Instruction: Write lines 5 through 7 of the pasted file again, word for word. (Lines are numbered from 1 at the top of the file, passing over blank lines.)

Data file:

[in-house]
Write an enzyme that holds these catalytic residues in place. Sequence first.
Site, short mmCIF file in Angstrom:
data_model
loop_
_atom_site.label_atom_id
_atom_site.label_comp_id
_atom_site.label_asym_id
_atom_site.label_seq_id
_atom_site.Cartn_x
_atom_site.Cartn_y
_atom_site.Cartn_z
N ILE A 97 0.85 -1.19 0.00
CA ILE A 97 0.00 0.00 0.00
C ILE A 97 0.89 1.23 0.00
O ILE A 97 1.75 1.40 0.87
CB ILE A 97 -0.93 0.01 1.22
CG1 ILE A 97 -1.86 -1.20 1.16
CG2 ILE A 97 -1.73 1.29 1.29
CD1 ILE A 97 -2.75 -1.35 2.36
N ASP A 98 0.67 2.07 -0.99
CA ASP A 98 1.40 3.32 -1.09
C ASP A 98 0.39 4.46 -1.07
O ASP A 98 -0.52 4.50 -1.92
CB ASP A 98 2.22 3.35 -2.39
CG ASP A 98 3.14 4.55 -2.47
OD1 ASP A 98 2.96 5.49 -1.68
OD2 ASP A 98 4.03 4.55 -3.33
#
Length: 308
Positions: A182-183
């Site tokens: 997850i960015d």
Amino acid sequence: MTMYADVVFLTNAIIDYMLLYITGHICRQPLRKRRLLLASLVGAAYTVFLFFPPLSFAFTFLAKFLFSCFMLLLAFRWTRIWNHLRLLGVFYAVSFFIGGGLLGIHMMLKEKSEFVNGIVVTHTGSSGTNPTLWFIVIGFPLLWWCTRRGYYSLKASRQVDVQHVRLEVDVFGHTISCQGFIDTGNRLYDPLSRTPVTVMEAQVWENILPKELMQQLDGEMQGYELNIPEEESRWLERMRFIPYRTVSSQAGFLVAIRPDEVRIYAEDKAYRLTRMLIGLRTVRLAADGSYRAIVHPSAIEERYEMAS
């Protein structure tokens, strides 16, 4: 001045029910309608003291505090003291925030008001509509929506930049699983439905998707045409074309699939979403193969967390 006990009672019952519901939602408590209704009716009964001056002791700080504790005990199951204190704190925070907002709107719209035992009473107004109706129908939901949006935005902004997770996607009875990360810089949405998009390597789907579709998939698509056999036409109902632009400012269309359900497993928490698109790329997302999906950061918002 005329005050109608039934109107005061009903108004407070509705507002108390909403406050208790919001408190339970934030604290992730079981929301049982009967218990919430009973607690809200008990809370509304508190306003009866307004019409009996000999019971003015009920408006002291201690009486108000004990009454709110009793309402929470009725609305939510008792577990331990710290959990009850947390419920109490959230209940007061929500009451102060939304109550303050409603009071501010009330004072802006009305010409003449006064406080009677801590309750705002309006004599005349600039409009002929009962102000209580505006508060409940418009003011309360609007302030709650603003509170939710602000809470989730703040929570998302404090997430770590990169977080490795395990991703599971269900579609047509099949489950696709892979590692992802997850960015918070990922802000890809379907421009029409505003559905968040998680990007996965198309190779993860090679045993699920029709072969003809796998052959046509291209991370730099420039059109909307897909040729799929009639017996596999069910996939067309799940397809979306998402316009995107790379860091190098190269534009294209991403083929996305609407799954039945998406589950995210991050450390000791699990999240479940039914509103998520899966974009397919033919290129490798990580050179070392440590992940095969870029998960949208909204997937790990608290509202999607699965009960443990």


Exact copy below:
loop_
_atom_site.label_atom_id
_atom_site.label_comp_id